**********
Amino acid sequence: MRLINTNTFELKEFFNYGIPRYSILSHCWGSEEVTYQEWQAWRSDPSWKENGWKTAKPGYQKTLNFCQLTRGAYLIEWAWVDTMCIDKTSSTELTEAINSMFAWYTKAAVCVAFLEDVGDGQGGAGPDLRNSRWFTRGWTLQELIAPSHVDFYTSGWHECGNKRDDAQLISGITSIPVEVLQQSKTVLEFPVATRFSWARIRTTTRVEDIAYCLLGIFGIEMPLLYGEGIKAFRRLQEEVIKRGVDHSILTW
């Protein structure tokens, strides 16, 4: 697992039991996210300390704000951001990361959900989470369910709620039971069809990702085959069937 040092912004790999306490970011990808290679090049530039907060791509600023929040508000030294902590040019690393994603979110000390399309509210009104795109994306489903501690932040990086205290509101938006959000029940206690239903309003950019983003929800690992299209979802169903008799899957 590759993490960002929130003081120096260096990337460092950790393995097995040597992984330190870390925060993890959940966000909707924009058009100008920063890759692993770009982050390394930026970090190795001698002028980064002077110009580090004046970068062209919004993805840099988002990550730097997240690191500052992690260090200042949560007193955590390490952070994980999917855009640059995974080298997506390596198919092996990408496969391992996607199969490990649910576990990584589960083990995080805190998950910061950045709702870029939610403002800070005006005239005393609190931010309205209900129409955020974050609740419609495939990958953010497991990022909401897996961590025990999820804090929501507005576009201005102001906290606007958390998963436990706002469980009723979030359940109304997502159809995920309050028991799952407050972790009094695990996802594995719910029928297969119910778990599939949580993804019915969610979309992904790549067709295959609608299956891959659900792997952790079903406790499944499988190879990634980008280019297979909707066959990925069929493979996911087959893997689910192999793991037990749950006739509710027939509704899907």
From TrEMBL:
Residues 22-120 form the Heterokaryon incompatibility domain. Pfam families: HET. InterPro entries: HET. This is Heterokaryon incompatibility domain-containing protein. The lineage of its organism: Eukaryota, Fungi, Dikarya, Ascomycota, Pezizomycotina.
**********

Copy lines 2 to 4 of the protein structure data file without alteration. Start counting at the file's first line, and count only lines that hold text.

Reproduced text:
């Protein structure tokens, strides 16, 4: 697992039991996210300390704000951001990361959900989470369910709620039971069809990702085959069937 040092912004790999306490970011990808290679090049530039907060791509600023929040508000030294902590040019690393994603979110000390399309509210009104795109994306489903501690932040990086205290509101938006959000029940206690239903309003950019983003929800690992299209979802169903008799899957 590759993490960002929130003081120096260096990337460092950790393995097995040597992984330190870390925060993890959940966000909707924009058009100008920063890759692993770009982050390394930026970090190795001698002028980064002077110009580090004046970068062209919004993805840099988002990550730097997240690191500052992690260090200042949560007193955590390490952070994980999917855009640059995974080298997506390596198919092996990408496969391992996607199969490990649910576990990584589960083990995080805190998950910061950045709702870029939610403002800070005006005239005393609190931010309205209900129409955020974050609740419609495939990958953010497991990022909401897996961590025990999820804090929501507005576009201005102001906290606007958390998963436990706002469980009723979030359940109304997502159809995920309050028991799952407050972790009094695990996802594995719910029928297969119910778990599939949580993804019915969610979309992904790549067709295959609608299956891959659900792997952790079903406790499944499988190879990634980008280019297979909707066959990925069929493979996911087959893997689910192999793991037990749950006739509710027939509704899907």
From TrEMBL:
Residues 22-120 form the Heterokaryon incompatibility domain. Pfam families: HET. InterPro entries: HET. This is Heterokaryon incompatibility domain-containing protein. The lineage of its organism: Eukaryota, Fungi, Dikarya, Ascomycota, Pezizomycotina.